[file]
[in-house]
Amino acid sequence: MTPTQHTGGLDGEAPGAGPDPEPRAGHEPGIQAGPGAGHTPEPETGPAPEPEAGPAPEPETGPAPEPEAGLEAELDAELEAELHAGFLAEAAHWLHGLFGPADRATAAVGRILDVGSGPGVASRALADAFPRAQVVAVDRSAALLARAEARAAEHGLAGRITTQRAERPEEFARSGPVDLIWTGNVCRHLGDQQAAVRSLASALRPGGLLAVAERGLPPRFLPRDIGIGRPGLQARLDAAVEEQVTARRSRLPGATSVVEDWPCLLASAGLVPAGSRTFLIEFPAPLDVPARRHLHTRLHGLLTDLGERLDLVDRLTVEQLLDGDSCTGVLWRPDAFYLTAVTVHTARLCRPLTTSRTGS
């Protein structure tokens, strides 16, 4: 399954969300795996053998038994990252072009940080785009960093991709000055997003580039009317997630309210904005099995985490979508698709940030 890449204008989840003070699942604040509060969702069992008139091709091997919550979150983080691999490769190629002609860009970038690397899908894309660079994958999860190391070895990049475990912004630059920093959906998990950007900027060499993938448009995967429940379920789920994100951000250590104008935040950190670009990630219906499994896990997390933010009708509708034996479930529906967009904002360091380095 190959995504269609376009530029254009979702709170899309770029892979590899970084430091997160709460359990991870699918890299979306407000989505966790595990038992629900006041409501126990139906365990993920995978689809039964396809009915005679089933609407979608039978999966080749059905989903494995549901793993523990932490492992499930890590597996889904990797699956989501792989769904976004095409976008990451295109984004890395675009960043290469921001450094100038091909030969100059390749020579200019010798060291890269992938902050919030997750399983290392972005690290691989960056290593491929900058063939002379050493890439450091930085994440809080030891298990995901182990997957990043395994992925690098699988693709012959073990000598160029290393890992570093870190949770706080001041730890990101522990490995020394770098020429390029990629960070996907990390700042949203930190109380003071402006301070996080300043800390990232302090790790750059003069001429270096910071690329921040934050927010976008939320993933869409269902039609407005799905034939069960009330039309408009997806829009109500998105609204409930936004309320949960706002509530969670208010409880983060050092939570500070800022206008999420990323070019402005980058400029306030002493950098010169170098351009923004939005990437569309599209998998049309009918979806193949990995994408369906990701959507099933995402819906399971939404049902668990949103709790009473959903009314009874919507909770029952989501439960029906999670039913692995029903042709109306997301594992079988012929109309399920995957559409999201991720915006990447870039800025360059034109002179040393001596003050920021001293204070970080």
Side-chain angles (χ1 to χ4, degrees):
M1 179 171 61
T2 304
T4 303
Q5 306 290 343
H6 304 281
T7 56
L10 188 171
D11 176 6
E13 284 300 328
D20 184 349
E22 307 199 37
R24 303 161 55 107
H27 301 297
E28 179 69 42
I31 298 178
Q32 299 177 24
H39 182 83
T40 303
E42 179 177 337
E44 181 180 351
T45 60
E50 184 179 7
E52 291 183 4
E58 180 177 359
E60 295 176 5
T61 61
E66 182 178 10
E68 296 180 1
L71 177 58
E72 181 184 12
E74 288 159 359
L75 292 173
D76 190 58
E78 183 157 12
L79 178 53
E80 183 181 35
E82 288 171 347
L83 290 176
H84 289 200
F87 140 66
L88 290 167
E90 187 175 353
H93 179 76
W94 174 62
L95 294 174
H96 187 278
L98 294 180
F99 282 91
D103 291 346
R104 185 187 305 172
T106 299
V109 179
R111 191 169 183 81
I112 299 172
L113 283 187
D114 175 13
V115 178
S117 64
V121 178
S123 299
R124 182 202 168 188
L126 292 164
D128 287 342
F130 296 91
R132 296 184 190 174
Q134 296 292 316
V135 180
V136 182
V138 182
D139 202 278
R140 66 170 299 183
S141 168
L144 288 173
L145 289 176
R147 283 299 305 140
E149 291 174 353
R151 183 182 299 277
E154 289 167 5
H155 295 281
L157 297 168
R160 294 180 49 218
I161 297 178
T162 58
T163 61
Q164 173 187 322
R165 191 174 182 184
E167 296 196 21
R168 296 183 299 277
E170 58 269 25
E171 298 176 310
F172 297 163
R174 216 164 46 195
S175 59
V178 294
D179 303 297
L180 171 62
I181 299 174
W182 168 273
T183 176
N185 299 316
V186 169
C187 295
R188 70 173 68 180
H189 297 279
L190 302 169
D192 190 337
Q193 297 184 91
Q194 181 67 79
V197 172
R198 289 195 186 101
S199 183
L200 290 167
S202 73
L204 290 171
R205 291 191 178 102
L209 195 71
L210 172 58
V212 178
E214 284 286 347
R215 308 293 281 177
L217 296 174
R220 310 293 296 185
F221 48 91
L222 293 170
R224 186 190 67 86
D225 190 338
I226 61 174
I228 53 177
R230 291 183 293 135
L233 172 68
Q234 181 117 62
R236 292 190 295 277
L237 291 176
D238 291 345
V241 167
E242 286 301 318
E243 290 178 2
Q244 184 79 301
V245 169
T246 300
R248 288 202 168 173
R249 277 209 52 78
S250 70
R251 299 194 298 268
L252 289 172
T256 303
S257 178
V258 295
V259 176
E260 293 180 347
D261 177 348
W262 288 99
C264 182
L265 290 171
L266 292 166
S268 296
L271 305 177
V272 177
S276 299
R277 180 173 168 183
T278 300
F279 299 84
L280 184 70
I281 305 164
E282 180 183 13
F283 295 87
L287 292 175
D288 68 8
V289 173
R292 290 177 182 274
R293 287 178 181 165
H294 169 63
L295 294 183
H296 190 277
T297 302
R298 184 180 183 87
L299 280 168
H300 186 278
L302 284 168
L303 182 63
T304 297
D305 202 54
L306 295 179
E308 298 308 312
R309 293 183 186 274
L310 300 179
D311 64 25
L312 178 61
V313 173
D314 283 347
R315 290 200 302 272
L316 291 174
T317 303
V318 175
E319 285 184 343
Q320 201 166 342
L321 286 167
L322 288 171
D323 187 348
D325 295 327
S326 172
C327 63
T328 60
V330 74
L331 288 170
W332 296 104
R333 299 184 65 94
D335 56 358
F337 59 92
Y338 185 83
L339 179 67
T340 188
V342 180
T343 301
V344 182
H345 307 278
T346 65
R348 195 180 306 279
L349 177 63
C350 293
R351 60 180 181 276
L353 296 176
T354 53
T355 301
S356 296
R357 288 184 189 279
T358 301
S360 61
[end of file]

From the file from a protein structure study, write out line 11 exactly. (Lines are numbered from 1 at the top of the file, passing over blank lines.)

L10 188 171